Butane (BHO) extraction is a process in which the solvent binds to the plant’s cannabinoids and terpenes, removing them from the plant. A vacuum purge is used to remove the solvent from the cannabis and terpene extract once it has been extracted. Rather than allowing the solvent to go to waste, modern closed-loop extraction systems contain and even recycle it, keeping it out of the environment. Full-spectrum extraction may have high start-up costs, but it yields a large number of full-spectrum forms over time (although not all BHO is full-spectrum).


A high concentration of cannabinoids such as THC is found in High-Cannabinoid Full-Spectrum Extract (HCFSE), which is a type of cannabis extract. The presence of THC in the extract gives it a sugary feel.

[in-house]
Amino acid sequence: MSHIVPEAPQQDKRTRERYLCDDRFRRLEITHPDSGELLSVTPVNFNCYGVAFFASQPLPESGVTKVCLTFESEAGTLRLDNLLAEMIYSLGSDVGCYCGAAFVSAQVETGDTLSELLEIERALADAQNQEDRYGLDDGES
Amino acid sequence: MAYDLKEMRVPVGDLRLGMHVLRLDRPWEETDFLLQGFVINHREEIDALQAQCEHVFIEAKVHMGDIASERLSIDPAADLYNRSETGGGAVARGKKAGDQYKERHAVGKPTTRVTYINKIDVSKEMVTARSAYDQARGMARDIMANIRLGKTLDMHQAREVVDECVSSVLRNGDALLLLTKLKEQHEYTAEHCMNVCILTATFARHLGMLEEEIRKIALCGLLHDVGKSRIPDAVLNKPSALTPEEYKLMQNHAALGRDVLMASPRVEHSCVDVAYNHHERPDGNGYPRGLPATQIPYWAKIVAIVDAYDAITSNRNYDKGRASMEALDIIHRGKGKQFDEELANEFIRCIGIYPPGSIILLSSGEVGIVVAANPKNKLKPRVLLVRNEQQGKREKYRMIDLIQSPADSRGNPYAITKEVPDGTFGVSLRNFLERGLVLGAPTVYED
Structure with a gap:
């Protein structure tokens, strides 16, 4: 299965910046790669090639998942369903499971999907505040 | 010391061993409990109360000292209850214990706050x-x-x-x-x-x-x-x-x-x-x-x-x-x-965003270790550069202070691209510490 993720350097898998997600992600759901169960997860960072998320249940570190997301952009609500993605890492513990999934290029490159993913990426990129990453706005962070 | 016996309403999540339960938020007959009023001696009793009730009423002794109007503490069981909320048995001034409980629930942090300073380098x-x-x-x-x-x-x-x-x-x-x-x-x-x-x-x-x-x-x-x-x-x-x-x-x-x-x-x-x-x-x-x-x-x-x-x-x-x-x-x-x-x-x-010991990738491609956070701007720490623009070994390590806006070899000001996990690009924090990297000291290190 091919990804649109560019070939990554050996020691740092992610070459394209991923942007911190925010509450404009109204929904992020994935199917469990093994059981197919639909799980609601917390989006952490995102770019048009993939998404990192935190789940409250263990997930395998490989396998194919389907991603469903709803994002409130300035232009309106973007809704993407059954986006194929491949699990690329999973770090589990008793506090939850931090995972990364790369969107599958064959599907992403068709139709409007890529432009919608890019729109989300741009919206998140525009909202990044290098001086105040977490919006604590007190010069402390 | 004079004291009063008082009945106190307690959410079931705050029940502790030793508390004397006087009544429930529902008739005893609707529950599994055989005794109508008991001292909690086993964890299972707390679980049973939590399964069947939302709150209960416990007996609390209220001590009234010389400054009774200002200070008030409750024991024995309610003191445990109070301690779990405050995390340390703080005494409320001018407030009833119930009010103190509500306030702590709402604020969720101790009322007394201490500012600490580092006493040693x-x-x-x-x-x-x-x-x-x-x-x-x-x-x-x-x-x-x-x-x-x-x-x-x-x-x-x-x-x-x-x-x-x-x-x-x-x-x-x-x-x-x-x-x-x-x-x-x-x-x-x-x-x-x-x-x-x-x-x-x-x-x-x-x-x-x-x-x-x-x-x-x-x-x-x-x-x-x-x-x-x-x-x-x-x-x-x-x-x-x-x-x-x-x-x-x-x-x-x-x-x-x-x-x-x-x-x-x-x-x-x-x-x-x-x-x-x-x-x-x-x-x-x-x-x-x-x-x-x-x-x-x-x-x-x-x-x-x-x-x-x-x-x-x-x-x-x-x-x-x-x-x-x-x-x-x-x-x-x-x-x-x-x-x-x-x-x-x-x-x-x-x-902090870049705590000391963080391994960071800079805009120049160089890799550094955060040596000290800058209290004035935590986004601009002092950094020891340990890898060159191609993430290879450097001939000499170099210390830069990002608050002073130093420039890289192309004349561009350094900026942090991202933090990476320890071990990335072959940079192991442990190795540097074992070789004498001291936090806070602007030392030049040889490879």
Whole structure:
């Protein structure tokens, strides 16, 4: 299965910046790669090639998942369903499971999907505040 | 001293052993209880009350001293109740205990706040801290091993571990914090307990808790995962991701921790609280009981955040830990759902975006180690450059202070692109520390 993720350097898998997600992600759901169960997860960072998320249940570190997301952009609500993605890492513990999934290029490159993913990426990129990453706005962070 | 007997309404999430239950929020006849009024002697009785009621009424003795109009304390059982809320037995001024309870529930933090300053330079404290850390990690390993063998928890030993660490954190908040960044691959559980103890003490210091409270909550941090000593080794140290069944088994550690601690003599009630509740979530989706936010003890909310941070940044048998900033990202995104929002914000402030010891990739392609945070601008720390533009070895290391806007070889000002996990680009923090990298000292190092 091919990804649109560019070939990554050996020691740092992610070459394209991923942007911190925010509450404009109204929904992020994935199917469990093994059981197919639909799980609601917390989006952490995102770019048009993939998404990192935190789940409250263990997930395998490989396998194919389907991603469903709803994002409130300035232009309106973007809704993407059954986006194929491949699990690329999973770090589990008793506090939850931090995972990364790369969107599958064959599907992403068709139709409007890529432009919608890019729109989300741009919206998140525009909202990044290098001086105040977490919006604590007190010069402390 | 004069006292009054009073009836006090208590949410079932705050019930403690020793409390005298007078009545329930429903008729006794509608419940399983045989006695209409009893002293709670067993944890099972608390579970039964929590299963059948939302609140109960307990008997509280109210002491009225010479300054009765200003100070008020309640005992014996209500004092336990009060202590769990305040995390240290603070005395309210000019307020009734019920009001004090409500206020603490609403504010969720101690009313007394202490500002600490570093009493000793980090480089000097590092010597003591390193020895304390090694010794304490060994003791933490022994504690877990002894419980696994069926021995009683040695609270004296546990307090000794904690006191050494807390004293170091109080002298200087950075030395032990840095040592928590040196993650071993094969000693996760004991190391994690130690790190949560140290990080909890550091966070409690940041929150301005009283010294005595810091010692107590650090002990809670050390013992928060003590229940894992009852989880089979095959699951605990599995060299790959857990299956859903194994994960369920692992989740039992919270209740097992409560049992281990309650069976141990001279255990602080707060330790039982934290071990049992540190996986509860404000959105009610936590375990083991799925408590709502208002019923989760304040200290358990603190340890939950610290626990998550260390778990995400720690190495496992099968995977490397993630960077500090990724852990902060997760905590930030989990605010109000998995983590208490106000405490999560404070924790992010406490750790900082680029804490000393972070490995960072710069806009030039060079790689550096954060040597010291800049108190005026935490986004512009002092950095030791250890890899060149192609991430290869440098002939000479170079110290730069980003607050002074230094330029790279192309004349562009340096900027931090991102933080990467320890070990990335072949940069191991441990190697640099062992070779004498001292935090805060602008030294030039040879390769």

High-Terpene Full-Spectrum Extracts (HTFSE) are translucent and thick liquids that contain approximately 50% THCA and up to 40% terpenes.

Sauce, sometimes known as terp sauce, is a sticky – with a consistency that can be similar to sugar – extract that contains a high concentration of terpenes and cannabinoids in a concentrated form.

Extracts prepared from frozen plant material immediately after harvesting, without going through a curing or drying phase, in order to keep the entire spectrum of advantages obtained during peak harvest season are referred to as “Live Resin.”

Shatter can be transparent or opaque, and it has a consistency similar to that of glass.

What Are the Alternatives to the Standard Approach?